Tong-its, sometimes unhyphenated as “Tongits”, is a card game in the Knock Rummy family, from the Rummy genre of games.
Tong-its is a game that is very popular in the Philippines, the rules of Tong-its largely related to the American Rummy variation Tonk.
Like other Rummy rule variations, the goal of the game is to have the lowest score in your hand at the end of the game, discarding cards by making melds of “books” and “sequences”.
How to Play Tong-its?
Tong-its is played using the standard Anglo-American pattern 52-card deck. Unlike many Rummy variations, Tong-its does not make use of the Jokers sometimes available.
Tong-its is exclusively a three-player game, something which makes it unique among the Rummy-family. The odd number of Players, as well as the inability to add or subtract Players from the game, makes for an interesting deal as well. This short tutorial will explain the basic concepts of the game.
The initial deal gives 12 cards to both non-dealing Players, but 13 to the Dealer. Due to this interesting arrangement, the Dealer should be decided by random means.
Either a dice should be rolled, with the highest roll determining the Dealer, or cards should be drawn from the deck, with the highest ranked card determining the Dealer. Ties would naturally take a second roll, or draw a second card.
Once the Dealer is chosen, they will then deal out the cards in the fashion described above. Like in other Rummy games, the remaining cards in the deck are then placed in the center of the play area. These cards are known as the “stock”, and will serve as a reservoir for drawing more cards if needed.
The game is officially considered started when the Dealer discards one of their 13 cards, creating the first card of the “discard” pile. The Dealer’s first turn then ends, with the Dealer unable to meld or discard, and the Player counterclockwise to the Dealer will begin their first turn.
Melds will be explained below in the “Card Combinations” section.
At the start and end of each Player’s turn, they must draw one card from the stock and discard one card to the discard pile respectively.
From this point on, Players and the Dealer will make melds and sets.
- A set is merely adding cards onto an existing meld that is already on the board.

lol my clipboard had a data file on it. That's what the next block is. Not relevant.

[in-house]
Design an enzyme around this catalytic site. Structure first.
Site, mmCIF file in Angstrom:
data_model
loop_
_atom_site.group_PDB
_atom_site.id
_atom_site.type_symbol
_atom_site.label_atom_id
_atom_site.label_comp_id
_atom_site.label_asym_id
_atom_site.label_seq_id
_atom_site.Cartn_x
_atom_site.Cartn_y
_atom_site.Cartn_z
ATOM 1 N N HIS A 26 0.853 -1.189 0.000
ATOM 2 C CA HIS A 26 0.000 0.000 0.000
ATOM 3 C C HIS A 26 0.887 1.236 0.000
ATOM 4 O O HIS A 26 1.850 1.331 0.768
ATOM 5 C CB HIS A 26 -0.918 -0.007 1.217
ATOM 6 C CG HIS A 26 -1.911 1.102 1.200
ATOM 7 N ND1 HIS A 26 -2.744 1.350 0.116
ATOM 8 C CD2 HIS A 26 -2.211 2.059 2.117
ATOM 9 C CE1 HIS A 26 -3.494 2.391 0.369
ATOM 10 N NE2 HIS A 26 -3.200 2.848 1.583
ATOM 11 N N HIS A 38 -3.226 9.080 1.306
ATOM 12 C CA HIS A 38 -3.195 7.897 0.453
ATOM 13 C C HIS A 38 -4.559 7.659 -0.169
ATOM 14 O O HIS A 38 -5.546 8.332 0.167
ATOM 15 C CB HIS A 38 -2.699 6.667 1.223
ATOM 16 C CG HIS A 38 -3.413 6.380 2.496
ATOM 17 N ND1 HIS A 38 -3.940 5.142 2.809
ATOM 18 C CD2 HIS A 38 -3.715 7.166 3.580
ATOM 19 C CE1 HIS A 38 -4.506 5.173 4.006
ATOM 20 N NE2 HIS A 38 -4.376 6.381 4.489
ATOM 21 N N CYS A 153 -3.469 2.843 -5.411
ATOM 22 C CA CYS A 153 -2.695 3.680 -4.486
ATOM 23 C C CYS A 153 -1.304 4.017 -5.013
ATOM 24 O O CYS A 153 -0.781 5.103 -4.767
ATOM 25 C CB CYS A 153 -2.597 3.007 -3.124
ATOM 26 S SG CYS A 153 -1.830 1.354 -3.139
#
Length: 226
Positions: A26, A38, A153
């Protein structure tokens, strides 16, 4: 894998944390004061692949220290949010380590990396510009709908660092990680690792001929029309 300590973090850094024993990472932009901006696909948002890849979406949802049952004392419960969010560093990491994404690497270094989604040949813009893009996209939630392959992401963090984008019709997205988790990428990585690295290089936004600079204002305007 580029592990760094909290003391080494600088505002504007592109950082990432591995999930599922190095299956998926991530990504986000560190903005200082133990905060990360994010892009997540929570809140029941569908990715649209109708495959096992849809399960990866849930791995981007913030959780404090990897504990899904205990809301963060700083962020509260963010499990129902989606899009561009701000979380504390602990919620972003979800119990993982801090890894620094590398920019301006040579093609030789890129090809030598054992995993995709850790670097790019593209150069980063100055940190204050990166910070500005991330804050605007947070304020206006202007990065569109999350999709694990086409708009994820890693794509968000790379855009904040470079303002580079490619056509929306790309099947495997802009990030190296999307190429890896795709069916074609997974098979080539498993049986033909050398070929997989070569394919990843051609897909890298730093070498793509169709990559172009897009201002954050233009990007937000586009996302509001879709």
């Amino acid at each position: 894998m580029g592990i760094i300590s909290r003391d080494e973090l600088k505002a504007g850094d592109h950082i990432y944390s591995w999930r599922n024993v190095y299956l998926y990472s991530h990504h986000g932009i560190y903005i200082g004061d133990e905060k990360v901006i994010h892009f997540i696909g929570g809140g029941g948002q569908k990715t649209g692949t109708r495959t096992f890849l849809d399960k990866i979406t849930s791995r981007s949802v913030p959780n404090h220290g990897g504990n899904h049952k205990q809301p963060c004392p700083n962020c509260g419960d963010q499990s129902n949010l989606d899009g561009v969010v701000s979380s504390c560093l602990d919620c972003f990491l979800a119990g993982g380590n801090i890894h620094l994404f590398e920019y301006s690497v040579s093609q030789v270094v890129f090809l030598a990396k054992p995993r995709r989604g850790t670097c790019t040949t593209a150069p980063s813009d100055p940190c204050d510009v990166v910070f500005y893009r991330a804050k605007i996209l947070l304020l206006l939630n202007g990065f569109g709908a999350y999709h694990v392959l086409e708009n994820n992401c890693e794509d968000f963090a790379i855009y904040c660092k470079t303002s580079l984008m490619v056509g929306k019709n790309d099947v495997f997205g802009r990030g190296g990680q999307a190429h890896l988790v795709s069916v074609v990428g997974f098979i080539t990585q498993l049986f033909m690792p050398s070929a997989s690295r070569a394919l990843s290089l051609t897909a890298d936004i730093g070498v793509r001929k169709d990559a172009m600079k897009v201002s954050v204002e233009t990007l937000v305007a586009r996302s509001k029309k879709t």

- Melds are specific collections of cards, like the popular hands of Poker.
Each card in Tong-Its is associated with a particular point value, these point values are assigned to a Player’s total only at the end of the game with cards that are still in their hand.
Ending the Game
Tong-its can end for the purposes of tallying point values in multiple different ways.
One such way is known as the “stock-out.” In a stock-out situation, all of the cards in the stock have been drawn. When this happens, the game automatically ends once it is drawn. This means the last Player to draw will not be able to play melds or sets on that turn.
There is also the “Tung-it” itself. When a Player’s hand is completely empty, they may declare “Tung-it” immediately after they place down their last card. This is an automatic victory for the Player who declares Tung-it, as their point value for the tally will be 0.
The “Draw” is another way to end the game. The name does not necessarily mean that the game will draw, only that it is possible.
To Draw, the Player who believes they have the lowest value of cards may declare Draw. Draw may be declared at any time, though it is bad etiquette to do so at the beginning of the game unless it is a Double Hit.
When Draw is declared, the other Players may either concede that they likely have higher card totals by folding, or they may challenge the Draw, and each Player will tally their points. The Winner of the challenge will then be, as normal, the Player with the lowest point total.
A Player may not challenge a Draw unless they have played at least one meld, or they must hold the “secret”, a four-of-a-kind or set of all four cards of a particular rank. If they hold the secret, they may declare a challenge to the Draw.
A Player that cannot challenge a draw due to lacking any melds on the board, or the four-of-a-kind, is considered “Burned”. A Burned Player may also not win in the case of a stock-out, even if they have the lowest point total.
There is also the Double Hit, a game mechanic drawn from Mahjong.
If a Player, at the start of the game after the Dealer has discarded, is able to meld and set their entire 12 card hand, without drawing or discarding, they are considered “Double Hit.” The Player instantly wins the game, and any wager that might be owed to that Player is then paid to them immediately.